Danish agency received 14 reports of drones after Nord Stream explosions

Denmark’s Energy Agency received 16 reports of drone and ship activity at energy facilities on or under the sea in the weeks after the sabotage of the Nord Stream 1 and 2 gas pipelines.

Danish agency received 14 reports of drones after Nord Stream explosions
Gas escaping from the damaged Nord Stream pipeline on September 27th 2022. File photo: Danish Armed Forces

The information on the reports was revealed by newspaper Børsen based on an access to information request with the Energy Agency.

Drone sightings accounted for 14 of the 16 reports with the remaining two relating to ships. In the corresponding period in 2021, the agency received zero reports.

The National Police (Rigspolitiet) stated in September and October that it had received reports of drone activity near gas fields in the Baltic Sea.

Cyber security and maritime infrastructure expert Tobias Liebetrau of the University of Copenhagen told Børsen that it is impossible to say whether the apparent spike in sightings represents increased activity or increased alert in the area.

“Nord Stream showed us that, whoever was behind it, someone has the intention of destructively attacking energy infrastructure. With that in mind, it’s important to take it seriously,” he said.

“This is not synonymous with as soon as you see a drone, it has some explosives mounted or is on its way to an oil platform, but it is a threat we should take seriously. Not least because of Denmark’s involvement in the war in Ukraine,” he said.

The reports made to the agency came from a variety of sources including members of the public, authorities and businesses, the expert pointed out. It should also be noted that the drones themselves could belong to either private individuals, businesses or Danish authorities.

Four leaks emerged on the two Nord Stream pipelines in the Baltic Sea off the coast of the Danish island of Bornholm at the end of September, with seismic institutes reporting that they had recorded two underwater explosions prior to the leaks appearing.

While the leaks were in international waters, two of them were in the Danish exclusive economic zone and two in the Swedish one.

Investigations later showed the pipelines were ruptured by underwater explosives, but it remains uncertain who was behind the explosions.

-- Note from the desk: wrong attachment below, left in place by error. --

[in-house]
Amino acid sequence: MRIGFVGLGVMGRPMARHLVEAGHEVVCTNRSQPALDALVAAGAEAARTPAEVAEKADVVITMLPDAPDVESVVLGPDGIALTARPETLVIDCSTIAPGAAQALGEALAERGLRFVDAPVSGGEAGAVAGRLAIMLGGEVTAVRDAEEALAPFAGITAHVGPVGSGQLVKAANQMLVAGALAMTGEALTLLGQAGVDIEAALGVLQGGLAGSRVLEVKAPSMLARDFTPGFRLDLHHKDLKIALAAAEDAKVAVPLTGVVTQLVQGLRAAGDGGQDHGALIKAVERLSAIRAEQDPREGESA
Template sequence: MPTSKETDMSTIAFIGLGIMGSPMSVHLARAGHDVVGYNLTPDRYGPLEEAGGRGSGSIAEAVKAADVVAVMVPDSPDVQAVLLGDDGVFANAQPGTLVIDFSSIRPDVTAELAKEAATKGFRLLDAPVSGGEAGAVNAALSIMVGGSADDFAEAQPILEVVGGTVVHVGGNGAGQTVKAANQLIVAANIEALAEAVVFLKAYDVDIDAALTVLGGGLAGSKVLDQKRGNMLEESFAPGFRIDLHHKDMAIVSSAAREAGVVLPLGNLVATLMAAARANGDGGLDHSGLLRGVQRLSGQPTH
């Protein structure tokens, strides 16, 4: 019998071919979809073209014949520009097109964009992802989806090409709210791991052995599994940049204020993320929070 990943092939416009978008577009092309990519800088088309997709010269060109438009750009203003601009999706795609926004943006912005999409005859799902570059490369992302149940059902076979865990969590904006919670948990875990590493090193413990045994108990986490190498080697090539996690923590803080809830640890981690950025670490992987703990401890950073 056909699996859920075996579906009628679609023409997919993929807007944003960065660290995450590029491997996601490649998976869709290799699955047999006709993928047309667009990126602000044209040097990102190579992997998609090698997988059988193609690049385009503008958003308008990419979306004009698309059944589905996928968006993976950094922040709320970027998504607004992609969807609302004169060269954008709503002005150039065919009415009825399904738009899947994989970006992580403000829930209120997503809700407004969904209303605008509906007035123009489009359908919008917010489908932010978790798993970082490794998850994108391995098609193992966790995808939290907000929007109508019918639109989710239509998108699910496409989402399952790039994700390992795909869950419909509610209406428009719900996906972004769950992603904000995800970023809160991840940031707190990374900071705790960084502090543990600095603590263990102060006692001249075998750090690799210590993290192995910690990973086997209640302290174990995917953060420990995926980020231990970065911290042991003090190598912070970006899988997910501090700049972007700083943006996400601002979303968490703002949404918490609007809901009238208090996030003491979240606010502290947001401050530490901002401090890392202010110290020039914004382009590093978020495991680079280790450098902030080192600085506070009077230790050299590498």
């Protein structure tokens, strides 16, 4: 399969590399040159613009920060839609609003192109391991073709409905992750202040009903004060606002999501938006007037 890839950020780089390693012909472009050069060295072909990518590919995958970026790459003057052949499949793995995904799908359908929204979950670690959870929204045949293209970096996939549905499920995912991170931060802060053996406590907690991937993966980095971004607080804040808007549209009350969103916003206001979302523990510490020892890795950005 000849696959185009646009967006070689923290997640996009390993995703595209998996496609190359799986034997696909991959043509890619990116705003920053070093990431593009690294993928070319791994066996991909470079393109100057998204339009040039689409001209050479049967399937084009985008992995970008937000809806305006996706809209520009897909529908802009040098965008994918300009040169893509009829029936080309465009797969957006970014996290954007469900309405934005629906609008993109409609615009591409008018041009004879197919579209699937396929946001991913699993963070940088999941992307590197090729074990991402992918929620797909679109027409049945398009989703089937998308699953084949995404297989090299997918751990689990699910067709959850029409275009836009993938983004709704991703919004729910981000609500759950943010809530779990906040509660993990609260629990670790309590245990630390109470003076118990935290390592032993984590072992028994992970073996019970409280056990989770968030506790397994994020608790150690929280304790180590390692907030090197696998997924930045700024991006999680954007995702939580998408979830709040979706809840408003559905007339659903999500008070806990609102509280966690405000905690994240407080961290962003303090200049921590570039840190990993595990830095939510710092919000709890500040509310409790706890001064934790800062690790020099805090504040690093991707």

READ ALSO: Six months on, what do we know about the Nord Stream blasts?

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Russia summons German, Swedish and Danish envoys over Nord Stream

Russia on Thursday summoned the envoys of Germany, Sweden and Denmark over Moscow's frustration with the lack of progress on probes into the sabotaged Nord Stream gas pipelines.

Russia summons German, Swedish and Danish envoys over Nord Stream

Built to carry Russian gas to Germany, the pipelines in the Baltic Sea were ruptured by subsea explosives months after Russian President Vladimir Putin sent troops to Ukraine in February, 2022.

Western countries have blamed the explosions under the Baltic Sea last September on Russia, but the Kremlin has accused the West of sabotage.

German, Swedish and Danish authorities have been investigating the blasts that sparked four leaks.

On Thursday, the Russian foreign ministry said it summoned the envoys and made an official diplomatic protest over “a complete lack of results of the national investigations allegedly carried out by the authorities of these countries”.

Moscow decried the three EU nations for failing to “ensure the transparency” of the investigations and insisted that Russia should be involved in the probes.

The Russian foreign ministry also pointed to the three countries’ “lack of interest” in establishing the truth.

“They are clearly dragging their heels and trying to conceal the traces and the true perpetrators of the crime,” the ministry said in a statement.

In March, the UN Security Council rejected a Moscow-drafted resolution calling for an independent inquiry into the sabotage.